A vehicle reported as stolen drove over the center line and went through a red light while trying to evade a Michigan State Police trooper, according to footage from the trooper's in-car camera. The video shows the moment the trooper used a bumping tactic known as a precision immobilization technique, or PIT maneuver, to stop the vehicle, ultimately sending it off the road. Police were called about 3:30 a.m. Wednesday, Aug. 3, to a report of subjects attempting to break into a vehicle in the 2800 block of Ontario Court in Howell Township in Livingston County, according to a press release from Michigan State Police. The subjects were reported to have left in a white vehicle, police said. A responding trooper witnessed a white vehicle leaving the area and attempted to pull it over, but it kept going.  Police said the trooper pursued the vehicle for about two miles and the suspect vehicle attempted to enter westbound I-96 from Pinckney Road. There, the video footage shows the trooper struck the vehicle on its right rear side, causing it to go off the road and down into a grassy ditch. Police said the vehicle rolled over. Although the speed of the chase was not immediately available, Michigan State Police Sgt. Mike Foley said PIT maneuvers are only done at speeds less than 40 mph. Of the three men located in the car – a 20-year-old, 19-year-old and 18-year-old from Lansing – one suffered non-life threatening injuries and was taken to an area hospital. The other two suspects were lodged at the Livingston County Jail. The 2007 Mercury Milan had been reported stolen out of Lansing, police said.

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6 year old boy becomes a CHP Officer for the day

 

Six Year Old

 

A 6-year-old boy with leukemia saw his young dreams come true when he was able to join the California Highway Patrol for a day, even dressing in uniform and helping pull over speedy drivers. Tristan, whose last name was not disclosed, has been battling the illness for three years, Fox 29 reported.

He used a radar gun to monitor traffic and checked out the patrol’s helicopter fleet. “We saw right away that Tristan was an especially brave kid and knew immediately he would make a fine Highway Patrolman; and for one special day, a very special boy became a CHP officer,” the patrol wrote on its Facebook page. “As children, many of us dreamed of being California Highway Patrol Officers. We imagined that one day we would be able to protect others. We stared at the shiny gold star and dreamed of one day becoming a CHP Officer… This little boy dreams of being a CHP Officer when he grows up,” the post said. A video shows Tristan pulling over a “suspect,” who was a fellow officer that drove by too fast. After checking the officer’s license and registration, Tristan tells him to “have a safe day,” and gets ready for more. “He’s stronger than I could have ever been when I was younger,” said Tristan’s dad, who was not identified, according to Fox 29.“It’s been a long time since I’ve seen a smile that big.”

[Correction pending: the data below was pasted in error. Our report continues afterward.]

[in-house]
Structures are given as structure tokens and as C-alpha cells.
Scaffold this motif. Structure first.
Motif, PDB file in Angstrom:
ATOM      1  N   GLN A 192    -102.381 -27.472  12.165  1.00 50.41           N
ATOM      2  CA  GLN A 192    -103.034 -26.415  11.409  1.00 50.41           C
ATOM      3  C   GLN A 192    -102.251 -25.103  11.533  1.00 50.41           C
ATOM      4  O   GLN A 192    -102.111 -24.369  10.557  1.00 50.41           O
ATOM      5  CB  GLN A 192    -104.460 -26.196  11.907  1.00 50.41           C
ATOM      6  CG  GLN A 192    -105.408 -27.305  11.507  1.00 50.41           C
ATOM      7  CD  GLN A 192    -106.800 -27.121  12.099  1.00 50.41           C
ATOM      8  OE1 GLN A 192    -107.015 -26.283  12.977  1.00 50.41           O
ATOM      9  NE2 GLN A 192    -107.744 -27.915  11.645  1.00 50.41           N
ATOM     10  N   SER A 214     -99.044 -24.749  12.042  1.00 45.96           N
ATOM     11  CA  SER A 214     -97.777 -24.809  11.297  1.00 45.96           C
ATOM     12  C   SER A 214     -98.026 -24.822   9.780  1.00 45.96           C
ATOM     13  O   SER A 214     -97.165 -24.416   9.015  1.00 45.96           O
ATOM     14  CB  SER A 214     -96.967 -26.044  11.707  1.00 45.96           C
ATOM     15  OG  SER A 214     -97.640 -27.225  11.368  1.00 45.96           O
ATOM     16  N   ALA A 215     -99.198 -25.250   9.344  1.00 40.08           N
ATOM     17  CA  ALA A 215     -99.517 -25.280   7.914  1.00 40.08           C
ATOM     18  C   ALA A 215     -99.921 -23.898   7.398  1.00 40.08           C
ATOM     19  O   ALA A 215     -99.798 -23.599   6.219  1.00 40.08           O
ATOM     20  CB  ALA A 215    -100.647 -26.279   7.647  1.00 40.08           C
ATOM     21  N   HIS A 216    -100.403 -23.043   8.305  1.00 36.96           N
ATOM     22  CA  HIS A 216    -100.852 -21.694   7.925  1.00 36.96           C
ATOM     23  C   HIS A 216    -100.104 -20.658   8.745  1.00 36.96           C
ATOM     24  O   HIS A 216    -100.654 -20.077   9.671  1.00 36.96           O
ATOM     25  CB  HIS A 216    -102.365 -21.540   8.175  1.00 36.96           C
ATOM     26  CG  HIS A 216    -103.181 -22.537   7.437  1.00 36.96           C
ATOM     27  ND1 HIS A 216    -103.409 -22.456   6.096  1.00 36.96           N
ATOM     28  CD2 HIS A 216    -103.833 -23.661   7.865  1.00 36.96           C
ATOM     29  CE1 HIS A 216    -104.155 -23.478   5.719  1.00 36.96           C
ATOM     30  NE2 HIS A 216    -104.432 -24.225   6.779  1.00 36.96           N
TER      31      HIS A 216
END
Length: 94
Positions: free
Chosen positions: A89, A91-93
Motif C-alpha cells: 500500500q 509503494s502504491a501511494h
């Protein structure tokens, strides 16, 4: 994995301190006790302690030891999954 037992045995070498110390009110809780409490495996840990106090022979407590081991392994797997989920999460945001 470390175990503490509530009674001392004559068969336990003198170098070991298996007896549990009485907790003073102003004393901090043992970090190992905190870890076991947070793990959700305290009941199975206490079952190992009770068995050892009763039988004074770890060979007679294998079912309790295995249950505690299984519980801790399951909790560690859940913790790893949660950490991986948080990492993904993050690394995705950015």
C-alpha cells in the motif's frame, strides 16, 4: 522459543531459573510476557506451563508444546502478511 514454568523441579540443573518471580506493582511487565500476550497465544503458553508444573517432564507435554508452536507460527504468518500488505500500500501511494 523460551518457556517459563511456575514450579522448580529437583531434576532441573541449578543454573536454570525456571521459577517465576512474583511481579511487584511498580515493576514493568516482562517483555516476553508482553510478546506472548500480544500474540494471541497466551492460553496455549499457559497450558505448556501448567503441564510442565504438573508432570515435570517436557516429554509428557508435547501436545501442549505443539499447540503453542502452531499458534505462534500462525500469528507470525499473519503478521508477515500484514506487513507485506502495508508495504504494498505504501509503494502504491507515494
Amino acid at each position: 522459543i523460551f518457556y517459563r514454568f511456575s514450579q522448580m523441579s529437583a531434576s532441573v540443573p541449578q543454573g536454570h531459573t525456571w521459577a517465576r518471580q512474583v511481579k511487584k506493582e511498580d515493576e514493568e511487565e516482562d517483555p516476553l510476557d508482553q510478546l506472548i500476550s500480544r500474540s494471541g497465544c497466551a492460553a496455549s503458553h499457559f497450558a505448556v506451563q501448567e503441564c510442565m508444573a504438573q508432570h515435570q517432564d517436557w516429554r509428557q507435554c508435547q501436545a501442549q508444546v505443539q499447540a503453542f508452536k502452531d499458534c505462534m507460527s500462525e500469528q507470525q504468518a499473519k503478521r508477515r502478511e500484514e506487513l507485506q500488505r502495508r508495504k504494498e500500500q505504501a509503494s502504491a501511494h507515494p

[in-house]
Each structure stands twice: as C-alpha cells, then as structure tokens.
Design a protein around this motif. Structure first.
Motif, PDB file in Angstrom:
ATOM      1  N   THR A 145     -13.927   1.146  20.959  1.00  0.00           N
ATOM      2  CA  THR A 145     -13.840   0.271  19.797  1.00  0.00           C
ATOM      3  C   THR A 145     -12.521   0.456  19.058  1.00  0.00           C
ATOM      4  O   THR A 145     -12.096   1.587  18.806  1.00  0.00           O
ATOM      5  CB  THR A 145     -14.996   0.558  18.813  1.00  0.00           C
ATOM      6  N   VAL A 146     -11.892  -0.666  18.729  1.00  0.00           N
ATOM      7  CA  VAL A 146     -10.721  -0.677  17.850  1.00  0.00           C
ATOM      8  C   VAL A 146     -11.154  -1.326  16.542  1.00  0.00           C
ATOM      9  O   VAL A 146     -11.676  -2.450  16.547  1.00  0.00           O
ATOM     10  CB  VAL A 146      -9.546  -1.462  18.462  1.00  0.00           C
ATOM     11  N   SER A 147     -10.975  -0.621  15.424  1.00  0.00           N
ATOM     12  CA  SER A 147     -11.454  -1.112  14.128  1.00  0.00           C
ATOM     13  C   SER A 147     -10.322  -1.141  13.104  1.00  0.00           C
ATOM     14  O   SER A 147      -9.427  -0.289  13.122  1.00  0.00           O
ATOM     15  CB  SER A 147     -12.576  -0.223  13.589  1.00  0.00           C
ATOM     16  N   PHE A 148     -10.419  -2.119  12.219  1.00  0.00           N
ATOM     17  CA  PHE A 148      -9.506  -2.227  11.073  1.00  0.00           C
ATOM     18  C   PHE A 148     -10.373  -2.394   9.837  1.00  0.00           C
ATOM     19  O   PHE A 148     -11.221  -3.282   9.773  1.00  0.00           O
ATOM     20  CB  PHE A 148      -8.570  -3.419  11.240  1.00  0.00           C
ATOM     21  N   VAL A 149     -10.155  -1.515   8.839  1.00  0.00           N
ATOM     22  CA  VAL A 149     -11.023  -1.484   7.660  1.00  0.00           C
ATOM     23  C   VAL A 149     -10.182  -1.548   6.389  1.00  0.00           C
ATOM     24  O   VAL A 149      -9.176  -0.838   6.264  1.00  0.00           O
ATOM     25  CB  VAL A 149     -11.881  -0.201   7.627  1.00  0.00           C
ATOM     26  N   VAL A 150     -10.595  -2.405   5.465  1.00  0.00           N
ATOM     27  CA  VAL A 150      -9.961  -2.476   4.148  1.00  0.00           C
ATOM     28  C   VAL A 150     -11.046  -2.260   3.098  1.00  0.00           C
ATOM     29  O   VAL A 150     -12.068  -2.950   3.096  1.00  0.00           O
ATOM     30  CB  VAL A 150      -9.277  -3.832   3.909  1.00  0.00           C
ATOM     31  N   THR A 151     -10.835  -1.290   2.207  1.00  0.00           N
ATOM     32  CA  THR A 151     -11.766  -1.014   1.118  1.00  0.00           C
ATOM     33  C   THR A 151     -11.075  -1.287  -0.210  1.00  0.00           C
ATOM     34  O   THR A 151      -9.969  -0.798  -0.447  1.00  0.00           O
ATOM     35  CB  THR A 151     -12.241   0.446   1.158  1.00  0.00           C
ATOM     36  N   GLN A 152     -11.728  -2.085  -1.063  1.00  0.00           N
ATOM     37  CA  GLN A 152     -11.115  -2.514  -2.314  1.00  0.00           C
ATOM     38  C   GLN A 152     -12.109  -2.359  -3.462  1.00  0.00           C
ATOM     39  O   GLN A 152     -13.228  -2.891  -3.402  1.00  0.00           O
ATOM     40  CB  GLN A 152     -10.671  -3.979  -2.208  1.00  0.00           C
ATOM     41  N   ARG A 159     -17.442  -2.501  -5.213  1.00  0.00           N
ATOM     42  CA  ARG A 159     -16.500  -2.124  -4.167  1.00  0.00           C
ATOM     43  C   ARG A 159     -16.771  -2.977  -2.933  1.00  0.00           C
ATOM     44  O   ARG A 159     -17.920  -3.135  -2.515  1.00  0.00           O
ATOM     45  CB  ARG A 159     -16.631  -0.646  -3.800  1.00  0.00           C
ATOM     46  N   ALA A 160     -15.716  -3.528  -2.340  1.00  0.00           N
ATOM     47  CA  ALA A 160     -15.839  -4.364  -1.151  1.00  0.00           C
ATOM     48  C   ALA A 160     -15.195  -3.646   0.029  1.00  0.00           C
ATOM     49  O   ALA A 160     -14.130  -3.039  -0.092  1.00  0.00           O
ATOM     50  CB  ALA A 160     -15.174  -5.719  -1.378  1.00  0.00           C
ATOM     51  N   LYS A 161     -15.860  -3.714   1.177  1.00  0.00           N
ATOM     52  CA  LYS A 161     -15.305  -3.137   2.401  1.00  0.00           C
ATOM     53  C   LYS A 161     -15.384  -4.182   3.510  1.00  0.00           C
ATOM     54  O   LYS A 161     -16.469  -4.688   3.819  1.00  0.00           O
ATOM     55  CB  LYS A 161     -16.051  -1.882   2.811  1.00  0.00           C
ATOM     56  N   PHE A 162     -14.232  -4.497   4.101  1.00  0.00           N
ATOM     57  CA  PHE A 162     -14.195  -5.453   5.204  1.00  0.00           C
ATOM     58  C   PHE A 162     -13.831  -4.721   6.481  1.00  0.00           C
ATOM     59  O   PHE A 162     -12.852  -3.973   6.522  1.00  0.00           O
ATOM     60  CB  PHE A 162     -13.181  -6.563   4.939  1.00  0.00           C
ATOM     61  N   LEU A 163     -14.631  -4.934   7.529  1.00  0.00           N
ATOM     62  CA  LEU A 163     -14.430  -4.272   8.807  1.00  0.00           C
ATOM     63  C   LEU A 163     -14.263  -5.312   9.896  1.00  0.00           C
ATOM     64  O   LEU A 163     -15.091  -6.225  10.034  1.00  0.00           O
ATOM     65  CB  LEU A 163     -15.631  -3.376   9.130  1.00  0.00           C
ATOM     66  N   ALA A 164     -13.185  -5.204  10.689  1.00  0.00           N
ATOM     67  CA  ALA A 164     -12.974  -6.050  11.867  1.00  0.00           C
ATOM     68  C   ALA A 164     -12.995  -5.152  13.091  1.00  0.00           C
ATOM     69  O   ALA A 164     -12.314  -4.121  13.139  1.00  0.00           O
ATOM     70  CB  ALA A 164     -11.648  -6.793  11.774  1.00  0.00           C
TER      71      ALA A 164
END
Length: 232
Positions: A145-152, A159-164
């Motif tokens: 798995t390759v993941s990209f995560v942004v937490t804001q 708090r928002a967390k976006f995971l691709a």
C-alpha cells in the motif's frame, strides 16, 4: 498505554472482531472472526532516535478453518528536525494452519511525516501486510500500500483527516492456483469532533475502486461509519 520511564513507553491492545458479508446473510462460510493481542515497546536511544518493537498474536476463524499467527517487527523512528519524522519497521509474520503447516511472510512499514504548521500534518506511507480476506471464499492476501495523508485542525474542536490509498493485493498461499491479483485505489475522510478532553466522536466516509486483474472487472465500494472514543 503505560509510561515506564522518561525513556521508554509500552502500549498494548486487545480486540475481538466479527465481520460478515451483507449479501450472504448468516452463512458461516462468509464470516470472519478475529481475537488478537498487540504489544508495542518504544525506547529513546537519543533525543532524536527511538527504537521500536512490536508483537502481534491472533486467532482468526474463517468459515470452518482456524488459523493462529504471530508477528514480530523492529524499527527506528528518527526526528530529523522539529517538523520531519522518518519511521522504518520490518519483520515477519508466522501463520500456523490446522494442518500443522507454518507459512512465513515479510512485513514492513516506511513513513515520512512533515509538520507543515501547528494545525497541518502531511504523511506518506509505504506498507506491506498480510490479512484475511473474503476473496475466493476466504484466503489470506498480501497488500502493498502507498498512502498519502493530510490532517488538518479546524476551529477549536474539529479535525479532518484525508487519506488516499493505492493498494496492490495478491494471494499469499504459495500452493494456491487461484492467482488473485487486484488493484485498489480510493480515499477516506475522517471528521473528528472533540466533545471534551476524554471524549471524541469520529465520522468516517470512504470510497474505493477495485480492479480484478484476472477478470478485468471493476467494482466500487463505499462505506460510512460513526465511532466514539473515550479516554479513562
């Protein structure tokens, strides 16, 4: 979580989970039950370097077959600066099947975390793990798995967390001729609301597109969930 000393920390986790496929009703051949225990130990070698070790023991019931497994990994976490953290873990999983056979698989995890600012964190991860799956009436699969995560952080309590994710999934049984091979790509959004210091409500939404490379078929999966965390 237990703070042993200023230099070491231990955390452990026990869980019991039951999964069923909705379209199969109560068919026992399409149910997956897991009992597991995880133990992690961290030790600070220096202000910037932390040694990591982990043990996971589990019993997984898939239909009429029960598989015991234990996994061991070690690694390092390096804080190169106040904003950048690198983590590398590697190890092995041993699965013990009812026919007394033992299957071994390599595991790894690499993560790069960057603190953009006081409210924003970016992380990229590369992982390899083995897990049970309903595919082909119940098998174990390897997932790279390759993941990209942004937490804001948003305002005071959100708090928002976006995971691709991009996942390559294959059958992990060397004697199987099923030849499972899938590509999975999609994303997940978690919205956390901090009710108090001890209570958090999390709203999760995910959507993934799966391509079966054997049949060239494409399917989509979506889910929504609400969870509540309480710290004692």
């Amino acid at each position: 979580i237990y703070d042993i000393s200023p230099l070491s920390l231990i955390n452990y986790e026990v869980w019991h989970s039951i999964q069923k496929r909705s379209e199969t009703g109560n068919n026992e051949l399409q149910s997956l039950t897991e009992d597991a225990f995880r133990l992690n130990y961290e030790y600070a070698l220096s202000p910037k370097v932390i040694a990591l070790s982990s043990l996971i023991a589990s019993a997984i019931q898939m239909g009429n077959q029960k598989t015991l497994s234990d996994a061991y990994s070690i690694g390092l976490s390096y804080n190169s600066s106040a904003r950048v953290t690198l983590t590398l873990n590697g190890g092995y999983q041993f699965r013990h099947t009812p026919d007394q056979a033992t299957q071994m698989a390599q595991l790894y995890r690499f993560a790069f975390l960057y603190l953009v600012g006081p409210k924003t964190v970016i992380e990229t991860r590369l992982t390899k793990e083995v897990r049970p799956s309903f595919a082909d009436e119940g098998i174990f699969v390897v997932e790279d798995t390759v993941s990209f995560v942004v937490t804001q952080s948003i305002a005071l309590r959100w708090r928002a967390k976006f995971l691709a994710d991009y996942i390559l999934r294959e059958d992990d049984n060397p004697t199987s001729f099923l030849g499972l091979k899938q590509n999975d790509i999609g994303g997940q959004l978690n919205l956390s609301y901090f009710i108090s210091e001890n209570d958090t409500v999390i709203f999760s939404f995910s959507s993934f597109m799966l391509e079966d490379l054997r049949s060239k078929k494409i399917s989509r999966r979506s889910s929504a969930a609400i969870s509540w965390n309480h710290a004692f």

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Michigan State Police on the lookout for distracted drivers

Michigan Distracted Drivers

Michigan State Police on the lookout for distracted drivers

The Michigan State Police Tri-City Post is increasing patrols throughout the month of August in an effort to cut down on distracted driving.  "As motorists are traveling the roadways for the end of summer vacations and back to school shopping, troopers will be out on patrol looking for those not wearing their seat belts and those driving distracted in an effort to keep motorists safe and prevent senseless traffic crashes," a Michigan State Police Tri-City Post news release states.  State police officials say the National Highway Traffic Safety Administration has cited driver inattention as the leading factor in most crashes and near crashes. Any non-driving activities that cause a driver to look away from the road should always be avoided, the release states.  Troopers urge drivers to stay alert and offer the following tips to avoid distractions while behind the wheel: 

    • Have your trip planned and know your route before your leave.
    • Put your phone down and do not text, access the internet, watch videos. play games or search using the phone. 
    • Avoid smoking, eating, drinking and reading while driving. 
    • Do personal grooming at home and not in the vehicle. 
    • Ask a passenger to help with activities that may be distracting. 
  • Travel at times when you are normally awake, and always avoid alcohol or other medications that may make you drowsy.